I remember an older Online comic trying to detail the “planes”: http://www.wizards.com/dnd/DnD_PS_Comic.asp

      Since McComb has actually written parts of it and the Campaign Setting while working for TSR, at least his Wikipedia has these listed I hope he still has similar ideas:
      “Planescape Planescape Campaign Setting (monster design)
      Planes of Law
      Planes of Conflict
      Players Primer to the Outlands (Audio CD script)
      Well of Worlds
      Hellbound: The Blood War
      On Hallowed Ground
      Faces of Evil: The Fiends
      The Great Modron March”

      • Qwallath says:

        Argh, don’t get me started on my love for Planescape… There were lots of nice fan writings bouncing around the net as well (mimir.net!). Too bad the books and boxes are pretty expensive second-hand, or I would be collecting them.

        But yes, if McComb is aiming for a new game, as he says here, that seems like something to look forward to! It’s funny, it’s pretty easy for him to dismiss Planescape, because he wrote lots of it! But indeed, as you said, good luck to others coming up with a similar setting and gripping stories like Torment to go along with it.

      • Spinks says:

        hi5 Planescape fans. I actually started collecting the boxed sets after playing Torment the first time around, still have a few around the house. I love them. I love the art, I love the writing, I love the setting.

        I don’t even know what it means to have the Torment IP without the Planescape one.

    • InternetBatman says:

      For my first time DM attempt I’m doing something in a Planescapeish setting and it is balls hard to do. I have to wonder what the IP acquisition means without the right to use Planescape though.

      • Sparkasaurusmex says:

        It just means they can title the game something like Torment 2 or Setting: Torment

    • Randomer says:

      Qwallath: I concur completely.

  8. Ansob says:

    What does one life matter?

    This would be a pretty fantastic question to build a game’s theme around.

    • Sparkasaurusmex says:

      Maybe… seems a little mystical vs. biology. As long as they don’t answer the question in the game it could be cool.

      • cpt_freakout says:

        Well, they never answered the ‘nature of man’ question in PST (you did! hooray for videogames!), so I’d trust them to do well on that department.

    • mouton says:

      You can find games that are more or less philosophical. Alpha Centauri comes to mind, just off the top of my head.

  9. Prokroustis says:

    How would a new Torment game work? I’d give anything for another Planescape game, but a Torment sequel couldn’t work, Nameless’ story being done and all. A spiritual successor doesn’t need the name Torment slapped to it surely? Also, I think the setting deserves far more credit for the excellence of PS:T than it gets.

    • Belsameth says:

      I agree with this. The whole story was made possible by the world, basically.

    • Jackablade says:

      It’d have to be a prequel, which is a concept a little too scary for me to deal with.

      • Hoaxfish says:

        He could spend the whole game knowing exactly who he is, and would know exactly when people were talking to him so they’d never have to say his name.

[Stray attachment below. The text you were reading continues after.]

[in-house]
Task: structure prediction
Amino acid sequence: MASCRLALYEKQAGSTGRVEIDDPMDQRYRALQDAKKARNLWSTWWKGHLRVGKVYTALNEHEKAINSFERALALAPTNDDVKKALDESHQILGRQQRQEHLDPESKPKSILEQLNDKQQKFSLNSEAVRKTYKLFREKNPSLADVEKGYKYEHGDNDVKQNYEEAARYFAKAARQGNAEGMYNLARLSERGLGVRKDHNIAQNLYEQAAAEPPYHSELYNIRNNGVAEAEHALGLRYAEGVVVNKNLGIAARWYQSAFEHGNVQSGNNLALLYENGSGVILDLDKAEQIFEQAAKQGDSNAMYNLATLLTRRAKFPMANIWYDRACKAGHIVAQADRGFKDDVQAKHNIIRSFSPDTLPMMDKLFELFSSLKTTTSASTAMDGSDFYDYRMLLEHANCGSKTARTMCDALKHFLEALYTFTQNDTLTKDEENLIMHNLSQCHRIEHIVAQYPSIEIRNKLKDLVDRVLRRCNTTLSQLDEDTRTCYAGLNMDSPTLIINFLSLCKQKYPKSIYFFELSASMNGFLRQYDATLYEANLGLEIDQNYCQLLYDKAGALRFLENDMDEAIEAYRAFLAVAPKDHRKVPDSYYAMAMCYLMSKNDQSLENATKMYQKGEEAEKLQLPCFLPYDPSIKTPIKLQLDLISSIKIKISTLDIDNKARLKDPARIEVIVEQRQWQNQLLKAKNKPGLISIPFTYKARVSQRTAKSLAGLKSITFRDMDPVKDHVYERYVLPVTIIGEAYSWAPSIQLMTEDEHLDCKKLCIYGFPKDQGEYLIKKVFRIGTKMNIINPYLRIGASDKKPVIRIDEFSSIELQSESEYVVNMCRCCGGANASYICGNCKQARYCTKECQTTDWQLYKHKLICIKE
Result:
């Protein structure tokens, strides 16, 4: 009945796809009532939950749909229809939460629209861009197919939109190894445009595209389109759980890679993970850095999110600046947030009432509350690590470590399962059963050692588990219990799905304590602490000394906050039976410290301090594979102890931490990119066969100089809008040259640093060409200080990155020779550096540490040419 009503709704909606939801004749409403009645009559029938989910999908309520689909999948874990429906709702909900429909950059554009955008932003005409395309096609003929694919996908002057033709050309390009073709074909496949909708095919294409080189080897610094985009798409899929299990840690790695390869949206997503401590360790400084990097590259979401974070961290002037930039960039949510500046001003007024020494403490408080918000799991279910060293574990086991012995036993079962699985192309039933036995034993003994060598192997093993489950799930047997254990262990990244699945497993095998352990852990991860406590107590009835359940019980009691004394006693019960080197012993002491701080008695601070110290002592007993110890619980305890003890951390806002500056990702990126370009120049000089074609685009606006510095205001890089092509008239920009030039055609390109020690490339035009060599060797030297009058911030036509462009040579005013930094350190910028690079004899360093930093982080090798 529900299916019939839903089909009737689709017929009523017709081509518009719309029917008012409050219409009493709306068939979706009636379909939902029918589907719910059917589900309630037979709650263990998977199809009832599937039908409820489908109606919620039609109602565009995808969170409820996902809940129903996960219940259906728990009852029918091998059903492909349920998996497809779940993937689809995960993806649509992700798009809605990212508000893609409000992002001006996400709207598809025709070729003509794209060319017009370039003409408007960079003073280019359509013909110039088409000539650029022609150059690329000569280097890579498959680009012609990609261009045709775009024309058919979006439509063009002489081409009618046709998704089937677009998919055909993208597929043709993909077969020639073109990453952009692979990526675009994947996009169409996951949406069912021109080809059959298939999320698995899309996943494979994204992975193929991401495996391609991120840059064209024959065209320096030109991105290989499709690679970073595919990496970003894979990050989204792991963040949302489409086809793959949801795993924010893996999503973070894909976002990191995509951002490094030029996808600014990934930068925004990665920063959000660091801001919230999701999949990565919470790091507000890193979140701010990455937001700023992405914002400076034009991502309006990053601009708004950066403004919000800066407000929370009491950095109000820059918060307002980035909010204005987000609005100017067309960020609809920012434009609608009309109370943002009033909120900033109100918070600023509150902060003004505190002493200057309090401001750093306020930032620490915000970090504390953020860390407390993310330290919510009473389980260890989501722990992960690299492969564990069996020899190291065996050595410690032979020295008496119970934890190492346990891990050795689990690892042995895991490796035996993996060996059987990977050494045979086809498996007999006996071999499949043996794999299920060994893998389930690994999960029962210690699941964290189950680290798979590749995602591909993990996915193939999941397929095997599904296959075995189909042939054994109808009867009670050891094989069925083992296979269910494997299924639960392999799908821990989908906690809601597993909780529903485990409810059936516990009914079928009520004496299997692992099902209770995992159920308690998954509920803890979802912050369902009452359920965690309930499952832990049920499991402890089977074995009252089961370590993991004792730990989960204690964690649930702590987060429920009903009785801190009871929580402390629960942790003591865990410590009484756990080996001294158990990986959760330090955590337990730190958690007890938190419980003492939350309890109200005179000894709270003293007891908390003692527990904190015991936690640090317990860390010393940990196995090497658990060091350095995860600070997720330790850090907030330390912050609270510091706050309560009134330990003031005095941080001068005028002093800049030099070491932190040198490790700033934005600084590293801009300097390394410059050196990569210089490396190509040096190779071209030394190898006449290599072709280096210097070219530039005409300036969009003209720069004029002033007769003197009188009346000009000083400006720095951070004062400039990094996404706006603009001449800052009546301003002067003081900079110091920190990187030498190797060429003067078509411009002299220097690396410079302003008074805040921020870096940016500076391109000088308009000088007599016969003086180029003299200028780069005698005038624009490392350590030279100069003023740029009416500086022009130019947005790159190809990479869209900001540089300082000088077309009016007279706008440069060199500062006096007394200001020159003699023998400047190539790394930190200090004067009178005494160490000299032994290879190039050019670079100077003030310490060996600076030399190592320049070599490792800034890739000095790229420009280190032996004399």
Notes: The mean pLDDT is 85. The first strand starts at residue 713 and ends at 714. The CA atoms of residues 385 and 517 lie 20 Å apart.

• Brother None says:

      Valid point on the setting. But realize two things:

      a) they couldn’t get the Planescape setting. McComb has noted WotC just didn’t have any interest in licensing it out. He’ll talk more about it later.

      b) if you like Planescape, be happy. The reason McComb was hired by Interplay was as a kind of liaison for AD&D, because he was the main writer, together with Monte Cook, responsible for the Planescape setting at TSR. After Zeb Cook, the original creator, McComb and Monte Cook are the most important people for Planescape’s lore and rules, at that time.

      No one would do a direct sequel to Torment’s story, with The Nameless One. Not MCA, not McComb. Both have said as much. That story is finished.

      • Prokroustis says:

        That’s fair. Of course I’m excited at the prospect of a true spiritual successor, but is the Torment name only for recognition value then?
        And still, dat setting.. :( Damn WotC..

        • Brother None says:

          Recognition is a factor, no denying that. But it’s also about getting a similar team with some of the same people, and similar design goals in the scale of the story, the uniqueness of setting, subverting RPG tropes, etc. etc.

          Certainly not a “typical” sequel, though.

  10. Cinnamon says:

    The setting was a major hook in PS:T. The exploration of identity may have been a coherent thread that tied the whole thing together but RPGs are always about the worlds. Anyone who forgets that has forgotten how to make or enjoy an RPG.

    • mouton says:

      Fantastic worlds are simply about giving more options. They are neither a guarantee of nor a requirement for good deep writing.

      • Cinnamon says:

        RPGs do not need deep writing as much as they need deep worlds or deep mechanics. They are not the same things as fantasy novels based on RPGs.

  11. Beybars says:

    While I have to commend Planescape Torment on it’s griping and mature story, I was a bit dismayed by the boring, sluggish combat mechanics, which is the only reason why it’s not my best cRPG ever made. I regard Kotor as the best RPG ever, considering how well the story and the gameplay (combat) were balanced.

  12. Kem0sabe says: